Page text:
Review: Ajoba is a courageous film

Posted on May 13 2014 - 10:08am by Shailesh Narwade
A still from Marathi film Ajoba.

A still from Marathi film Ajoba.

Awareness campaigns mostly are boring and unattractive. Save trees, Save planet, Save paper, and also Save tigers; they all look like someone ordering us to do something that we are not really interested in. Most of these campaigns lack the much-needed emotional connect and therefore people don’t see it as an important or their own thing.

Usually filmmakers keep away from such serious and important issues because all filmmakers don’t have the talent to adapt such issues into an effective narrative. Last year Satish Rajwade, with his film Popat, made a good effort to reach out to audiences on the AIDS problem. And now, Sujay Dahake, who had made us re-visit schooldays with his remarkable debut film Shala, has chosen a rather difficult subject for his latest film Ajoba.

Ajoba is a pug-by-pug true account of a leopard’s miraculous and thrilling 29-day journey from Pune to Mumbai. The leopard’s movement was mapped with the help of a SIM card, fitted into his tail after he was rescued and freed in the Malshej Ghat.

A few minutes into Ajoba and you realize you are in for something unusual. The excellent cinematography by Diego Romero Suarez Llanos and pulsating background score by Saket Kanetkar grab you from the beginning and compel you to become part of Ajoba’s adventurous journey. The hand-held camera and the sound recorded in sync technology have contributed a lot in making the film lively. Sound designing by Nimish Chheda and Avinash Sonawane add to the film’s advantage. The late Nimish Chheda needs a mention here as he will definitely be missed by some good filmmakers.

Urmila Matondkar looks very energetic and completely engaged in the role of wildlife activist Purva Rao. It’s really good to see her after such a long time; and also in an impressive role.

The best performance, however, comes from Hrishikesh Joshi as Dynanoba or Dynaneshwar. He is surely one of the finest and highly talented contemporary actors in Marathi cinema. He makes his characters so authentic that we can’t forget them unless we see him again in some other role. Hrishikesh Joshi has wonderfully portrayed Dynanoba’s initial resistance to join Purva’s team, his gradually-developing curiosity and interest for the work, and finally his love and pain for the innocent leopard. It’s Dynanoba, who makes us feel for Ajoba.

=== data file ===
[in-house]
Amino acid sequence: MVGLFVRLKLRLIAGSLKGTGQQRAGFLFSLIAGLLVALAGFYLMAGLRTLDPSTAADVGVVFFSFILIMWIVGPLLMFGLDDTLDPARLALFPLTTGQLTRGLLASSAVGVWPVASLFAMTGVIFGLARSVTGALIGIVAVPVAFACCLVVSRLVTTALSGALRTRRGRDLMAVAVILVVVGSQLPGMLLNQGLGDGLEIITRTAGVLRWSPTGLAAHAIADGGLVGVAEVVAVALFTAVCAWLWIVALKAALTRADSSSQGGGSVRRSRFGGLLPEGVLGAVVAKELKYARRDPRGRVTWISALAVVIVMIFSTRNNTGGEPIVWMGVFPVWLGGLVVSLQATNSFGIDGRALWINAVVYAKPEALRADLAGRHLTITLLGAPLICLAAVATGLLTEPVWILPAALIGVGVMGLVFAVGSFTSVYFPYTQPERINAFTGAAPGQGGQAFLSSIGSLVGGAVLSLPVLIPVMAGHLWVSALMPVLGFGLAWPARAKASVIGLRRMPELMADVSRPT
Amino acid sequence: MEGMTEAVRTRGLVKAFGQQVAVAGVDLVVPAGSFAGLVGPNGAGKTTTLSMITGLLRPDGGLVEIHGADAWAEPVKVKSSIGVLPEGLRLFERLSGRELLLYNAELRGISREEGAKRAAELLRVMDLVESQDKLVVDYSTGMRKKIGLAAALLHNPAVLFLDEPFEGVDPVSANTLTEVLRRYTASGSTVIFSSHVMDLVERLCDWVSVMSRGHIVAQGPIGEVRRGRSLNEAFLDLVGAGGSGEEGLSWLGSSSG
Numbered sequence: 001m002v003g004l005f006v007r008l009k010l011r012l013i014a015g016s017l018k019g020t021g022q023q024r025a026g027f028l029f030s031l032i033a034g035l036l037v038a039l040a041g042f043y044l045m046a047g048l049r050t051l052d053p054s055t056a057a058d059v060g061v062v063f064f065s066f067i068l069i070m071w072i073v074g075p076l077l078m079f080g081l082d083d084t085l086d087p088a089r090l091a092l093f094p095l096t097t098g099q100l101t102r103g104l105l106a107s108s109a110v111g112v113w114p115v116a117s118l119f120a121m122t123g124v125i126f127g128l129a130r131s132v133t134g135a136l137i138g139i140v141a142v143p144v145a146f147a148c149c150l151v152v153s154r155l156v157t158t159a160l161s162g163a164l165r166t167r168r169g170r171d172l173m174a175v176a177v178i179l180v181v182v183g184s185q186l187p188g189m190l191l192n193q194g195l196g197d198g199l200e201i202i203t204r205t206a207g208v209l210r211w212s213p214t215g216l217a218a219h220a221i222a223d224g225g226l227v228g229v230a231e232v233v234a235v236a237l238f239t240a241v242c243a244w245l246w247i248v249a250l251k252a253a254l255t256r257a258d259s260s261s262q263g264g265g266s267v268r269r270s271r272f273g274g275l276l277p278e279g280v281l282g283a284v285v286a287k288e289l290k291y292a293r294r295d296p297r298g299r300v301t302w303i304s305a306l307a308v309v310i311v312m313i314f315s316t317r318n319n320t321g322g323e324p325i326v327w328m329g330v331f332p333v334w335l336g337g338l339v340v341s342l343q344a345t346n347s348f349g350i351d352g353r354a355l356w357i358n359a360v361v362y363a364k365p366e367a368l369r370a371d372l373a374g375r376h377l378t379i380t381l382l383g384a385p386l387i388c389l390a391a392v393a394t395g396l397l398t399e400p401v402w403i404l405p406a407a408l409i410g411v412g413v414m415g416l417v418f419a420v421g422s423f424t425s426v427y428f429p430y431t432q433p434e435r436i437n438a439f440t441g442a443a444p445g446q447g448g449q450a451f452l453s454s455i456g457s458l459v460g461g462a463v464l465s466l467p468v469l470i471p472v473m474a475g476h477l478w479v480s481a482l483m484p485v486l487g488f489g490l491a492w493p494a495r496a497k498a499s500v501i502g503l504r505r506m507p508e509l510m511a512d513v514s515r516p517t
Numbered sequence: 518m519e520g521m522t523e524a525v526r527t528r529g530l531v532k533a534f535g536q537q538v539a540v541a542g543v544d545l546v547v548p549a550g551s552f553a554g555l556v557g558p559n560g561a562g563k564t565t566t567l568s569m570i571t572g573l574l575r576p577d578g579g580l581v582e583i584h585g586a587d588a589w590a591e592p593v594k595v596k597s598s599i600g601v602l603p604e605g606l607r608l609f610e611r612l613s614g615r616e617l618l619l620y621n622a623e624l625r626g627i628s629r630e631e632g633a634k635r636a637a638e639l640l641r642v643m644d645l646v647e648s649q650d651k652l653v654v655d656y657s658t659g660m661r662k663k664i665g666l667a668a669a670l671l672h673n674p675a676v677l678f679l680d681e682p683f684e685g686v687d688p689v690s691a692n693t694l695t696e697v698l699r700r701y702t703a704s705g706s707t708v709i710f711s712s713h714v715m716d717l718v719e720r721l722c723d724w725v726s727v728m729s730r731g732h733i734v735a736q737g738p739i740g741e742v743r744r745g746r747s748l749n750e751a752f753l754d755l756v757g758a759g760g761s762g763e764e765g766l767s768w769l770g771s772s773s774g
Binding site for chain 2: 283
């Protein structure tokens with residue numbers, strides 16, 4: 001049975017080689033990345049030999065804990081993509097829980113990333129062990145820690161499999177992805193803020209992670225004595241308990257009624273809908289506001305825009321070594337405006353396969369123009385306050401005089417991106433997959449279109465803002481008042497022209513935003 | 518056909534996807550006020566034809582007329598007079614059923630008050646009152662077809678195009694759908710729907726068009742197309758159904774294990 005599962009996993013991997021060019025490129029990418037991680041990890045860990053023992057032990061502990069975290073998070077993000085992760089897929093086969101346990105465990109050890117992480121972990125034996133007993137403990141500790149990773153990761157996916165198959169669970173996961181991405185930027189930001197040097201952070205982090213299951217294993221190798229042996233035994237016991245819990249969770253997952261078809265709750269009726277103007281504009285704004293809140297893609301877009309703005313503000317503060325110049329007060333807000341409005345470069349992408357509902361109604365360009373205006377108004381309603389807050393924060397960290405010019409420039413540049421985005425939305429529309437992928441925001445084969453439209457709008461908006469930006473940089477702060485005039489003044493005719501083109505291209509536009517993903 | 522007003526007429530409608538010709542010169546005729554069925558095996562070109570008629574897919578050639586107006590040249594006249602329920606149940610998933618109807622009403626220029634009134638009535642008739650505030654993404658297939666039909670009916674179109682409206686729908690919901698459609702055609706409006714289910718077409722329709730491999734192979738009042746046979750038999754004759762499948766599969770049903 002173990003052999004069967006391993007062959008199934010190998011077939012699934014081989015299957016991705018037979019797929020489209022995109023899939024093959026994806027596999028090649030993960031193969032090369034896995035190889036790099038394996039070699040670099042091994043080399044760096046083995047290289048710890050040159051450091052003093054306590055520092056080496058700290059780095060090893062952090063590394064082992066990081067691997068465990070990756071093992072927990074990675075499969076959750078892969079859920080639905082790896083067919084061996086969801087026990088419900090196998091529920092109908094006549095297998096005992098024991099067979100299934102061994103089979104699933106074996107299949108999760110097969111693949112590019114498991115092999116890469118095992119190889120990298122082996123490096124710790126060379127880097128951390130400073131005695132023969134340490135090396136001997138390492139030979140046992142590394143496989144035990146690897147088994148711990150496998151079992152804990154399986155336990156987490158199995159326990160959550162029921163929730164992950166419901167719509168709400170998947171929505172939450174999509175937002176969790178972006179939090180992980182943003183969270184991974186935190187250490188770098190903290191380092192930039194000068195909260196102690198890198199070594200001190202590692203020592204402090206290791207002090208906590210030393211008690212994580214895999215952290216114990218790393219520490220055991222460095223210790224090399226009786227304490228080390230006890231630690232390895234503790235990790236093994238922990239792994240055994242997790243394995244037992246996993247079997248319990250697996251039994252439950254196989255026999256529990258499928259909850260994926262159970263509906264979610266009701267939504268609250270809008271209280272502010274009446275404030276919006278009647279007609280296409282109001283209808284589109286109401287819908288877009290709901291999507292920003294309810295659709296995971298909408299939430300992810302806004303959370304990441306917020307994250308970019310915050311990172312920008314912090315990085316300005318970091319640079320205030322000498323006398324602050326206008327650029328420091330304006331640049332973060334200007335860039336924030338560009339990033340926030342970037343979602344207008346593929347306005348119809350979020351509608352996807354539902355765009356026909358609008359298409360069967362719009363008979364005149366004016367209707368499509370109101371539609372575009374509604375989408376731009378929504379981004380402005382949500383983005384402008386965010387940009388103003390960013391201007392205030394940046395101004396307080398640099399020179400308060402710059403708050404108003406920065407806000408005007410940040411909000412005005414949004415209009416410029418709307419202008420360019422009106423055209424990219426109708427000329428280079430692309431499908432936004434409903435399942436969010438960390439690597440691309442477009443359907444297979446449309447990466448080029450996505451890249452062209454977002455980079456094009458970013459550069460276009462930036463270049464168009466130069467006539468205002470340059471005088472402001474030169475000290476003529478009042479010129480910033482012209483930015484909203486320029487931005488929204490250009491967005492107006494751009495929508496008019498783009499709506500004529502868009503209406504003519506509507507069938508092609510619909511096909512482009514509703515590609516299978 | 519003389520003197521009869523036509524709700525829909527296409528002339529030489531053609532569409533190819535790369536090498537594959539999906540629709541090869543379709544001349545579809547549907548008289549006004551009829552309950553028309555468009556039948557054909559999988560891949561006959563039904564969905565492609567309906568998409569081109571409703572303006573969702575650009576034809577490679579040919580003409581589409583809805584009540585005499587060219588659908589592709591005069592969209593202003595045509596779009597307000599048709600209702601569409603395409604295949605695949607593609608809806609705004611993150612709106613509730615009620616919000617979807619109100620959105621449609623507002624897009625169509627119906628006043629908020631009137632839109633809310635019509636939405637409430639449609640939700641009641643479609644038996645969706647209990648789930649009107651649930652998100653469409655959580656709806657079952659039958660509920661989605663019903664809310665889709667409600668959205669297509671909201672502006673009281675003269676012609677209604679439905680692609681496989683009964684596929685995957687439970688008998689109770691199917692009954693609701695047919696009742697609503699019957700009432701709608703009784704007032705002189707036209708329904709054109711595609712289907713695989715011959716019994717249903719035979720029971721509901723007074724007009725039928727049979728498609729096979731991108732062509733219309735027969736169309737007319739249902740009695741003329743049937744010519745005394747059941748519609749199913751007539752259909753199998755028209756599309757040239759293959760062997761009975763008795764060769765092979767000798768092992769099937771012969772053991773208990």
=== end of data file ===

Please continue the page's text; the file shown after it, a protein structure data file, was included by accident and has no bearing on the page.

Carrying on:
The director has roped in all good actors so you can expect only good things from Om Bhutkar, Shrikant Yadav, Yashpal Sharma, Dilip Prabhawalkar, Shashant Shende, Neha Mahajan, Anita Date and Chinmay Kulkarni. Om Bhutkar, though, makes most of the opportunity.

There was certainly some scope to better the screenplay and also to cut a few minutes of the length, but it all seems negligible in front of the director’s passion and intentions. With Ajoba, Sujay Dahake has made a very good effort in reminding humans of their nature; and that they need to be more sensible and sensitive towards the ecological system and help the nature to co-exist. With this film, the director has tried to give the much-needed emotional connect to the wildlife conservation campaigns.

It will be wrong to say that not all people will like this film. In fact, all of us should watch this one. Because all films are not meant to serve cheap entertainment; some of them have the right to hold mirror at our faces. Good job Sujay, keep it up!